Wednesday, October 15, 2014

Extended Use of SNALP Delivery Technology Well Tolerated

On Monday, Alnylam revealed an update on their lead ALN-TTR02 drug candidate for the treatment of the FAP form of TTR amyloidosis. Given that this could be the first commercially meaningful RNAi Therapeutics to hit the market, a lot of attention is being paid to its progress in the clinic.  Success and failure of this program are expected to have widespread repercussions for the RNAi, if not Oligonucleotide Therapeutics field.

Importantly, the data from the phase II open-label extension study provided strong evidence that the underlying SNALP LNP delivery technology, licensed from Tekmira Pharmaceuticals, is safe and well tolerated with 19 of the 27 patients involved having now received ALN-TTR02 once every 3 weeks for at least 6 months.  After 282 doses administered, no drug-related serious adverse events were seen with infusion-related issues as expected the main source of adverse events.  Notwithstanding the 8 mild flushing events and infusion reactions, there have been no drop-outs in the study so far.

On the efficacy side, ALN-TTR02 continued to produce robust sustained 80-90% knockdowns with a trend towards increased knockdown efficacy with prolonged dosing.  This knockdown certainly puts ALN-TTR02 ahead of the competitor antisense drug from ISIS and GSK (ISIS-TTRRx) which is expected to be in the 70% range, but is probably ahead in terms of patient enrolment in their pivotal study.

The results presented at the ANA conference had been widely anticipated because it was the first time that Alnylam revealed measures of therapeutic efficacy beyond the gene knockdown.  Accordingly, at the 6-month time-point patients treated with ALN-TTR02 exhibited less neurological declines as would have been expected from the Natural History of the disease.  Unfortunately, in the absence of hard biomarker evidence indicating improved neurological and, for a subset of patients, cardiac functions, the apparent improvement in the well-being of the patients (mNIS+7) could easily be attributed to the open-label nature and the relatively early time-point of the study.

Therefore, despite of the fact that shares in Alnylam increased 20% on the results and the provider of the delivery technology, Tekmira, barely budged on the news, the most important take-home from the results was that SNALP LNP delivery technology and indeed extended robust RNAi has a remarkably good safety profile.

5 comments:

theodore bash said...

I believe if you check ISIS data that they do approach 80% knockdown as well. Their shot to be given once a week and sq. And that with without excessive volume, no IV's, and no premedication required.

Anonymous said...

Hi Dirk,

Any comment on the TKM-HBV data package?

The only thing I'm a bit concerned over is the level of knockdown vs. mg/kg of the Tx. Per the presentation they needed 1mg/kg to achieve ~1Log knockdown in the chimeric mouse model. They did indeed disclaim that the Chimeric mouse model might understate potency (slide 20), fine. What I find concerning is that per the press release a similar amount i.e. 1mg/kg was required for a 1-2log KD in the Hydrodynamic mouse model as well:

"A rapid 1 log reduction in serum HBsAg was achieved with a single 1 mg/kg dose of TKM-HBV in the chronically infected humanized mouse model, which mimics human hepatitis B infection. 1-2 log viral reductions from similar single-dose LNP treatments in two other true-infection animal models have also been demonstrated."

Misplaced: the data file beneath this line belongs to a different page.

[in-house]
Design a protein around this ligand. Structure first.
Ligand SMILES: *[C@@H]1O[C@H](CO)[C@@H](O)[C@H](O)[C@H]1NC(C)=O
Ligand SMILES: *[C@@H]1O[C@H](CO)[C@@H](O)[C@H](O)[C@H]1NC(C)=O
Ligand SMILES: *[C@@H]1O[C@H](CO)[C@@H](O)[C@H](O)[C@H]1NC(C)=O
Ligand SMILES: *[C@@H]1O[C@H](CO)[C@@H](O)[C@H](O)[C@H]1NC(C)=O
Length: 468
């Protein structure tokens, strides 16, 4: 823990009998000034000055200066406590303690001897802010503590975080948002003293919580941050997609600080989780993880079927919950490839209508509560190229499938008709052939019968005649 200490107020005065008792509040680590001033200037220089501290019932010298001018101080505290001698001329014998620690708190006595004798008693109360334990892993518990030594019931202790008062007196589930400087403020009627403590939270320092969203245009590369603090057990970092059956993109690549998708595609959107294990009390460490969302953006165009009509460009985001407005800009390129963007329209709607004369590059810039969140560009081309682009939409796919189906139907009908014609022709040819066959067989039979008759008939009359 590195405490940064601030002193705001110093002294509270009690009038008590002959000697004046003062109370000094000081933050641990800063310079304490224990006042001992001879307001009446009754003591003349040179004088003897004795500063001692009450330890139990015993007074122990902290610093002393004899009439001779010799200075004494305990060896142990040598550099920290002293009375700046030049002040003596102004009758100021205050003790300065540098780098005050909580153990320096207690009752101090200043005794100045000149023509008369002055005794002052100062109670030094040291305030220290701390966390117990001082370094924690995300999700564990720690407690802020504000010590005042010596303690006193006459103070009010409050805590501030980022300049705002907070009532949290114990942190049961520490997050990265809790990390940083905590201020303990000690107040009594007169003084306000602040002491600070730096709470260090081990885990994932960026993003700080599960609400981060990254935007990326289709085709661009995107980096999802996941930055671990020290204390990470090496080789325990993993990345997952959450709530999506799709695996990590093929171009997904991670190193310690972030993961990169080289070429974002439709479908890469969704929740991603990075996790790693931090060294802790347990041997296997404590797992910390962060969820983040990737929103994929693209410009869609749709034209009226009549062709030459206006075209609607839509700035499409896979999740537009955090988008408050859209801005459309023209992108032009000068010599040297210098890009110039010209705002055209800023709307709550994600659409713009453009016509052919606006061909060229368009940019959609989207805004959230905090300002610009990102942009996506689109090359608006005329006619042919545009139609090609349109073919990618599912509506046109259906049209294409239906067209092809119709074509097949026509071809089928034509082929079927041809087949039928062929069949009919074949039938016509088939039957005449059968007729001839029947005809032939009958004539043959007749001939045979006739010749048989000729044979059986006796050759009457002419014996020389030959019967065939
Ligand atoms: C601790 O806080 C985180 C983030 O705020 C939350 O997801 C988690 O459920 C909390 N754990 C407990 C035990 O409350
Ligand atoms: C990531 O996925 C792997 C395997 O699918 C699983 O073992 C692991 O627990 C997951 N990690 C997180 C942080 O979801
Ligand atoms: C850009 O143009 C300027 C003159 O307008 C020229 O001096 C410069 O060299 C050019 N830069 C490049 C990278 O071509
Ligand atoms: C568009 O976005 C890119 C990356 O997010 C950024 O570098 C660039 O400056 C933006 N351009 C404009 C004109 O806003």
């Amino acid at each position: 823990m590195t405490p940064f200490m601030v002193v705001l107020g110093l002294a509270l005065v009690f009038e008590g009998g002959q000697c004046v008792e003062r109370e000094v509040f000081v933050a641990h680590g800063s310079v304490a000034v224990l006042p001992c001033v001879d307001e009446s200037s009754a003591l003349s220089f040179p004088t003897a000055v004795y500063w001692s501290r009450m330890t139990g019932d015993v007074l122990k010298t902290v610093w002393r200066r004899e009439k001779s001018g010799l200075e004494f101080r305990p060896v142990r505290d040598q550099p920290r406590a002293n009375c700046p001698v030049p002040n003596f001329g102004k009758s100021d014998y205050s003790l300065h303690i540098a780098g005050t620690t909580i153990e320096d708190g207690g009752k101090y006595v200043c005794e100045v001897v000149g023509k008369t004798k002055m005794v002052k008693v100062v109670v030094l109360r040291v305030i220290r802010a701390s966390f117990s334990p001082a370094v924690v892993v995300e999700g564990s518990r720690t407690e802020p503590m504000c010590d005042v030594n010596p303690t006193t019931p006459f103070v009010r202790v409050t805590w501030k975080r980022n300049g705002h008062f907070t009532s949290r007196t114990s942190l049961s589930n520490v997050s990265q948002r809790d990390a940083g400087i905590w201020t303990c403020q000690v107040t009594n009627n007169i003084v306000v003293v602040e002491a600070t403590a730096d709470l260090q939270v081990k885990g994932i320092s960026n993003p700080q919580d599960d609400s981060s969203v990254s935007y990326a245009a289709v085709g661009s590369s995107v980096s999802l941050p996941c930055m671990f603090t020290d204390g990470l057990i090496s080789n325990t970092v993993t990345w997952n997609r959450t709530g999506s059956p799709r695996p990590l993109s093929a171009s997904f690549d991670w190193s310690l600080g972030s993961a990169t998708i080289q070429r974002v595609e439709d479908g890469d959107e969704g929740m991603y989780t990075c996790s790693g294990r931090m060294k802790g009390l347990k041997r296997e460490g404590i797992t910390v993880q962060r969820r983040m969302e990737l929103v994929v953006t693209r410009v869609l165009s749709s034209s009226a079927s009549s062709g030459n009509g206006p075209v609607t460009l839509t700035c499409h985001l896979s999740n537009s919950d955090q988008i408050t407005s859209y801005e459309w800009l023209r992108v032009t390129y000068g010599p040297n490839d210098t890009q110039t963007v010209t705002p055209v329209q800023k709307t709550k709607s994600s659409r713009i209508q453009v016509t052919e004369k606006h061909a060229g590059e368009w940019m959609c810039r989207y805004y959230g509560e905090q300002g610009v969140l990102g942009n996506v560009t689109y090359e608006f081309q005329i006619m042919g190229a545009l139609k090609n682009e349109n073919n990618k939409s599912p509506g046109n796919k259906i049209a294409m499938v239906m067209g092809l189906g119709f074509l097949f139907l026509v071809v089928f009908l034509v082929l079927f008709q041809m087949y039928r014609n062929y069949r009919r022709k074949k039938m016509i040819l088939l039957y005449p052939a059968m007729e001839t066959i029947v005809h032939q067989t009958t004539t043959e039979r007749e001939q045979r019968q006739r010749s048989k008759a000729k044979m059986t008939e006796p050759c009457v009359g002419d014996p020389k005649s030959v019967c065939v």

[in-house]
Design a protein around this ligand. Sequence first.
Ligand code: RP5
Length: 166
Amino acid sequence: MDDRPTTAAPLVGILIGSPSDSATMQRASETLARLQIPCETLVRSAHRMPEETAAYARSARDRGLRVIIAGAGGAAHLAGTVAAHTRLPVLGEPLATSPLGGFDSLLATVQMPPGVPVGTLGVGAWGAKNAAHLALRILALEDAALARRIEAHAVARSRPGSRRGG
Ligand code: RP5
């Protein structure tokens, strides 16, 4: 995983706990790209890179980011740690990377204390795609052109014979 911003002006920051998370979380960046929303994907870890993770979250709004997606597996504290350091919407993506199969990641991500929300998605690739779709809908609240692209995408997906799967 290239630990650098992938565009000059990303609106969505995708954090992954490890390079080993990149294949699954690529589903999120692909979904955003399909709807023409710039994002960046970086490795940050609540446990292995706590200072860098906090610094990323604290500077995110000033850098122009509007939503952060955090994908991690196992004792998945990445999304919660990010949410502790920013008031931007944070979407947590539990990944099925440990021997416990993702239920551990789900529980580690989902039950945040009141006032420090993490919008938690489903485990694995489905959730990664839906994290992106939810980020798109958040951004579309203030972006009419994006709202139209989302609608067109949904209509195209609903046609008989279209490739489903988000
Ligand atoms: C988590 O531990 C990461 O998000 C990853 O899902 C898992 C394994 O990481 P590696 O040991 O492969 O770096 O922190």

This seems to undermine the argument re. potency and the Chimeric model?!

As LNP is usually used in max 0.5mg/kg quantities and this was supposed to be way more potent than the 2gen Sirna/ALNY tech, which reached multi-log (2.5log?) KD with only ~0.23mg/kg, this seems a bit strange... What do you think?

Also, notice that they did not clarify the specific different mg/kg used in the hydrodynamic model which would have allowed for a more direct comparison between ARWRs respective model(!) Is this a bit strange?

Furthermore, why only show KD for 0.3mg/kg (coincidentally the MTD in the EBOV trials and max amount of 3rd gen LNP safely administered anywhere to date)and 1 mg/kg? Surely they would have tested many, many different mg/kg configurations and their respective KD potency? The two numbers seem a bit arbitrary, e.g on which we can give safely and one that achieved the result(?) we wanted... Why not just show the KD for every single tried and tested dose of kg/mg; surely they started at 0.0something mg/kg?

Anonymous said...

... As it stands now, from my point of view, what they essentially presented yesterday is that TKM-HBV works well, at a dose that is 100% higher than the MTD dose of 3rd gen LNP Tx known today. This makes the program significantly more risky than I would've wanted.

Or am I missing something?

Anonymous said...

No volume in TKMR and the Maxim note was completely generic and uninformative; the world is waiting for your analysis of the TKM-HBV data,Dirk, at least every TKMR and RNAi investor:)

Anonymous said...

Dude! This is getting ridiculous! First talking about TKM-HBV as the main value driver, crown jewel of the pipeline etc. (not just you, and no disrespect meant) and now, after the much waited pre-clin. data are out, nobody talks about it or comments on the data. Still just mongering about EBOLA.

The press release was almost cryptic when one considers that it is their main asset.

As the previous poster pointed out, the dosing seems a bit strange compared to known dosing of second gen and third gen in EBOV. Could this have to do with the usiRNA trigger? Although ARWR seems to get to lower doses using it than with the ALNY HBV trigger in ARC-520.

So, get your trades aligned and write a piece on the data, please. Cannot stand the EBOLA news anymore!

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